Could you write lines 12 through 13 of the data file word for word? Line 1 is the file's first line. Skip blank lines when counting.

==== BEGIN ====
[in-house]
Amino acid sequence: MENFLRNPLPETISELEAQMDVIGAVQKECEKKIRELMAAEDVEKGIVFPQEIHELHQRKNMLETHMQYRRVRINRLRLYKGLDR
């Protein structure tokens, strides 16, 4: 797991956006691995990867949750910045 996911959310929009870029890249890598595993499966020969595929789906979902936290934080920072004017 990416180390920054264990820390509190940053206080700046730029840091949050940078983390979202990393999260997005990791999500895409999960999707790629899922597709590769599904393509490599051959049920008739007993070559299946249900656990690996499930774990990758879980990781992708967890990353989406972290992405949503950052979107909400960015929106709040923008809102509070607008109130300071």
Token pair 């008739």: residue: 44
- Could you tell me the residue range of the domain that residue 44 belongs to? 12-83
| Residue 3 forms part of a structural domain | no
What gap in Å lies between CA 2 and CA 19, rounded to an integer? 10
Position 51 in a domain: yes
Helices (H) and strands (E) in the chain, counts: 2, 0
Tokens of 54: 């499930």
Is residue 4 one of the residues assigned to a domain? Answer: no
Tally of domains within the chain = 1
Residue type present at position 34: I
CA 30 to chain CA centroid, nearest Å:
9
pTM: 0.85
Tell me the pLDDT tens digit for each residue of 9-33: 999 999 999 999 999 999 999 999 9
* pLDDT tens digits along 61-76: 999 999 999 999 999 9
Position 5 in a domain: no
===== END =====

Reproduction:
Tally of domains within the chain = 1
Residue type present at position 34: I